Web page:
I listened to a web cast today on how to fill vacancies with residents who will pay rent. I was surprised to hear that the incidence of failure to pay rent is going up. The fact, according to this presenter, is that rents are rising and incomes are staying the same. That means that more of a family’s budget has to be put toward the rent. There are several safeguards that can be used by the property manager when renting to someone with little or poor credit history. But the one least used, that comes to mind for me, is giving the tenant a bit of good old fashioned education about how to budget.
Young people, especially students, are sometimes on their own for the first time. Budgeting may be taught in business classes but I have not heard of it being taught in school as a general rule. Another category of high risk families is single mothers with no child support. However, poor rent payers are not just limited to these groups. They come from all income levels and backgrounds. But everyone needs a place to live. Everyone needs shelter and to be able to feel safe and secure in their home. Furthermore, it is against the law to discriminate when considering an applicant unless that applicant obviously does not earn enough money to pay the rent. So there are going to be times when you will rent to a high risk tenant. Of course you always use tenant screening, and check pay stubs, and speak with employers, and past landlords before deciding to rent. Those are tried and trusted ways to get good tenants. But we have all had to get after our tenants at one time or the other for failure to pay on time.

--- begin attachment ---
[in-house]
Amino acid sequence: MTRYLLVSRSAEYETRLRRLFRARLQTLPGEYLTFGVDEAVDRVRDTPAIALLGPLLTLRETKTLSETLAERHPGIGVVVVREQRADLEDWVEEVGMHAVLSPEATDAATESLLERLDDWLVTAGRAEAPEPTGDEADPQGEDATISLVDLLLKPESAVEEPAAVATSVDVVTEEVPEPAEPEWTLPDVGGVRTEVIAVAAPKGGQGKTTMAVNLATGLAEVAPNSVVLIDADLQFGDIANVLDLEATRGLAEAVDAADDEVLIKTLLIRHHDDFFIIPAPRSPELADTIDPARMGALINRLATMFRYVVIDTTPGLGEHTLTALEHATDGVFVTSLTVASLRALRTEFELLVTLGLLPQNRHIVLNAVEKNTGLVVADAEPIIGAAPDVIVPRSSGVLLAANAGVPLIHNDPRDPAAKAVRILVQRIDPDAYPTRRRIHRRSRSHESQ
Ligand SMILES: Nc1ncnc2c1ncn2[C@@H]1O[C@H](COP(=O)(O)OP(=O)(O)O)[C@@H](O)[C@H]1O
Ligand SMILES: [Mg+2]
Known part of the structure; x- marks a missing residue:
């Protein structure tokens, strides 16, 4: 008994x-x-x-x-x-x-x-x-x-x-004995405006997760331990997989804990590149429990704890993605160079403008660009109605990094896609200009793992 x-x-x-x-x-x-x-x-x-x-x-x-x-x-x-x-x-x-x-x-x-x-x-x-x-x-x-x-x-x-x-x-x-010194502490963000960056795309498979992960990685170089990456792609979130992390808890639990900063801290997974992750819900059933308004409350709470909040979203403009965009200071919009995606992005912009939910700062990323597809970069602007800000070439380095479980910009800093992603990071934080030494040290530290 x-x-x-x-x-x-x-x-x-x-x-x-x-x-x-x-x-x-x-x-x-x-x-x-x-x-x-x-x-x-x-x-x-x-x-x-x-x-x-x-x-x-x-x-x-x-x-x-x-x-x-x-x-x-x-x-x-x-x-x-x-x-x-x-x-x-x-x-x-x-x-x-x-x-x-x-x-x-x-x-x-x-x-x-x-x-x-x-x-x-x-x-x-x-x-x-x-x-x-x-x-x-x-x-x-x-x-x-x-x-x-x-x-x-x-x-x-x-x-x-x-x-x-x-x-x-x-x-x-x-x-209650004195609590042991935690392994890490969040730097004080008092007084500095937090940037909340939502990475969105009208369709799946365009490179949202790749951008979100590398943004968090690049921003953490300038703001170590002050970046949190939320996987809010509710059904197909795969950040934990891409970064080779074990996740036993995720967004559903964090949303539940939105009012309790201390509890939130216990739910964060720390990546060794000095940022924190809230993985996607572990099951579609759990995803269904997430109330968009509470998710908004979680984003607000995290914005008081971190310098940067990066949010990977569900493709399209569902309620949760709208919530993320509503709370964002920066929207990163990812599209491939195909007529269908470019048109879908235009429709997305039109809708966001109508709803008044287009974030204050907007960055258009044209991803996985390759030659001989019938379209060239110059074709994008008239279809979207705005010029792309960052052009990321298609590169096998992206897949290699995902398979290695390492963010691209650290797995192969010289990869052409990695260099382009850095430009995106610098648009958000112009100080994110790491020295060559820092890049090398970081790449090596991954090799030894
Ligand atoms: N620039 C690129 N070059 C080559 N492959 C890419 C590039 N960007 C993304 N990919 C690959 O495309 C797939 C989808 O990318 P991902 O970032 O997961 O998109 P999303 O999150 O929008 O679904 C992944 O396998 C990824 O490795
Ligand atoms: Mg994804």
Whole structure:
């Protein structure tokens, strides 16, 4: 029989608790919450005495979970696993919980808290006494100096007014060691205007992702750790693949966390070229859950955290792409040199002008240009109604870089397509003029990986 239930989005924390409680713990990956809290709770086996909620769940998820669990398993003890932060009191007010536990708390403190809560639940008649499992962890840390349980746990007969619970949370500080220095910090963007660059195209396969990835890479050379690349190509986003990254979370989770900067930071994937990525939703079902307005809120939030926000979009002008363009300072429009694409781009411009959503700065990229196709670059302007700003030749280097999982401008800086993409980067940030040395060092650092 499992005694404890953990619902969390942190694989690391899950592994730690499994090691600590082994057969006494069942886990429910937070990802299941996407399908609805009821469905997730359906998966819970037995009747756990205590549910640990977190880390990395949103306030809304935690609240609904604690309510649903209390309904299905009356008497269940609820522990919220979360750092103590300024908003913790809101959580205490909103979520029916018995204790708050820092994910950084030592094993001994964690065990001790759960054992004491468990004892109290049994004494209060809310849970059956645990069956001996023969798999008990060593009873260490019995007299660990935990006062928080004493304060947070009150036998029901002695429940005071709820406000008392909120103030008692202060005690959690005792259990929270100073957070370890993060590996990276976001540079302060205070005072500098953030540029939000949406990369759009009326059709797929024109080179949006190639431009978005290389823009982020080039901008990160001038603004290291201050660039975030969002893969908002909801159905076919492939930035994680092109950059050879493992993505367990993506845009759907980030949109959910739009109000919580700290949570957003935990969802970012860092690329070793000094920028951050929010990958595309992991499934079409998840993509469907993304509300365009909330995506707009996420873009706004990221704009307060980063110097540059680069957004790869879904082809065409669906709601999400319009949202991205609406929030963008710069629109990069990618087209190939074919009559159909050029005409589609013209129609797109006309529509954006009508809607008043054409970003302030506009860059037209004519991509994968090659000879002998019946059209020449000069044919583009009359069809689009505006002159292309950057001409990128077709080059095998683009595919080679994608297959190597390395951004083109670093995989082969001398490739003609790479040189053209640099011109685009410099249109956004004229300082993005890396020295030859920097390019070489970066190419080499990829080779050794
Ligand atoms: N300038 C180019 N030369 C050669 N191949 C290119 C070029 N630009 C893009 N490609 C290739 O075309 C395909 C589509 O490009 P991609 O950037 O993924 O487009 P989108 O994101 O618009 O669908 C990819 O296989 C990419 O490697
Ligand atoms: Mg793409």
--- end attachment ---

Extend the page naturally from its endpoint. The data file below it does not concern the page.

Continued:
The next suggestion I have is that these high risk tenants should get the budget your money talk. “The rent” is the most important payment a resident makes each month. Oh they may argue that they need a car more than a place to live, but with that mentality, they could end up living in their car. Ideally rent makes up 25% of the monthly budget. But recently it has creeped up to an average of 33% of the monthly budget. That leaves car payments, insurance, utilities, food and clothing and finally entertainment to be budgeted (planned). Hopefully they are not into using credit cards when they run out of their own money or the situation could escalate from good to bad very fast. If at risk tenants turn this sequence around, you will see many failures to pay rent. Unfortunately we see the reverse sequence all too frequently. (i.e. entertainment, clothing, food, utilities, car payments,insurance, rent) At least if you have the talk, you will put them on alert. Hopefully they will realize that budgets are a great way to keep everyone happy and give them the feeling of control over their lives.